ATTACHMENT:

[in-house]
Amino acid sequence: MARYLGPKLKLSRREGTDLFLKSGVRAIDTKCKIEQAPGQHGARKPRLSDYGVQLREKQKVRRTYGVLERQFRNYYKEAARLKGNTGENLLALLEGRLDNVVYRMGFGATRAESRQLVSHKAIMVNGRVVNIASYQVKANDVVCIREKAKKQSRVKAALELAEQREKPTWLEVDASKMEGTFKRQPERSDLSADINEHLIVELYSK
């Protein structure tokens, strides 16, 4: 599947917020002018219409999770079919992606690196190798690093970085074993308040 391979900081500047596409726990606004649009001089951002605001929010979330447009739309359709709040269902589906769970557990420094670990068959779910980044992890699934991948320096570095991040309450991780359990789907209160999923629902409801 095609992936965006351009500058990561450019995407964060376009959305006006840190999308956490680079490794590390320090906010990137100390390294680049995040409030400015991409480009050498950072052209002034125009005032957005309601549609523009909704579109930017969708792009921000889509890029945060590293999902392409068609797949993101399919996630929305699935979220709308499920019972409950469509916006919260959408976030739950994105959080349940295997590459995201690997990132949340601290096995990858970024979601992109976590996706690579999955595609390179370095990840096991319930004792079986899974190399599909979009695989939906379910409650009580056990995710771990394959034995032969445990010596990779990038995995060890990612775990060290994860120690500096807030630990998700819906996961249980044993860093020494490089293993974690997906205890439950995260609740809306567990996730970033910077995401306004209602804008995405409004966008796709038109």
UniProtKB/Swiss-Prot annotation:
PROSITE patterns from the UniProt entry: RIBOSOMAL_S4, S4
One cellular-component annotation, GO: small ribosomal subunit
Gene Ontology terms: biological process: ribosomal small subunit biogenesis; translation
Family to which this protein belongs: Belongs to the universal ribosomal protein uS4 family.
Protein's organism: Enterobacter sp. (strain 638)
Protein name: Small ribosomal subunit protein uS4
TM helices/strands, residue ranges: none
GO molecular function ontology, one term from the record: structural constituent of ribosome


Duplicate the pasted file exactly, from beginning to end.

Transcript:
[in-house]
Amino acid sequence: MARYLGPKLKLSRREGTDLFLKSGVRAIDTKCKIEQAPGQHGARKPRLSDYGVQLREKQKVRRTYGVLERQFRNYYKEAARLKGNTGENLLALLEGRLDNVVYRMGFGATRAESRQLVSHKAIMVNGRVVNIASYQVKANDVVCIREKAKKQSRVKAALELAEQREKPTWLEVDASKMEGTFKRQPERSDLSADINEHLIVELYSK
């Protein structure tokens, strides 16, 4: 599947917020002018219409999770079919992606690196190798690093970085074993308040 391979900081500047596409726990606004649009001089951002605001929010979330447009739309359709709040269902589906769970557990420094670990068959779910980044992890699934991948320096570095991040309450991780359990789907209160999923629902409801 095609992936965006351009500058990561450019995407964060376009959305006006840190999308956490680079490794590390320090906010990137100390390294680049995040409030400015991409480009050498950072052209002034125009005032957005309601549609523009909704579109930017969708792009921000889509890029945060590293999902392409068609797949993101399919996630929305699935979220709308499920019972409950469509916006919260959408976030739950994105959080349940295997590459995201690997990132949340601290096995990858970024979601992109976590996706690579999955595609390179370095990840096991319930004792079986899974190399599909979009695989939906379910409650009580056990995710771990394959034995032969445990010596990779990038995995060890990612775990060290994860120690500096807030630990998700819906996961249980044993860093020494490089293993974690997906205890439950995260609740809306567990996730970033910077995401306004209602804008995405409004966008796709038109």
UniProtKB/Swiss-Prot annotation:
PROSITE patterns from the UniProt entry: RIBOSOMAL_S4, S4
One cellular-component annotation, GO: small ribosomal subunit
Gene Ontology terms: biological process: ribosomal small subunit biogenesis; translation
Family to which this protein belongs: Belongs to the universal ribosomal protein uS4 family.
Protein's organism: Enterobacter sp. (strain 638)
Protein name: Small ribosomal subunit protein uS4
TM helices/strands, residue ranges: none
GO molecular function ontology, one term from the record: structural constituent of ribosome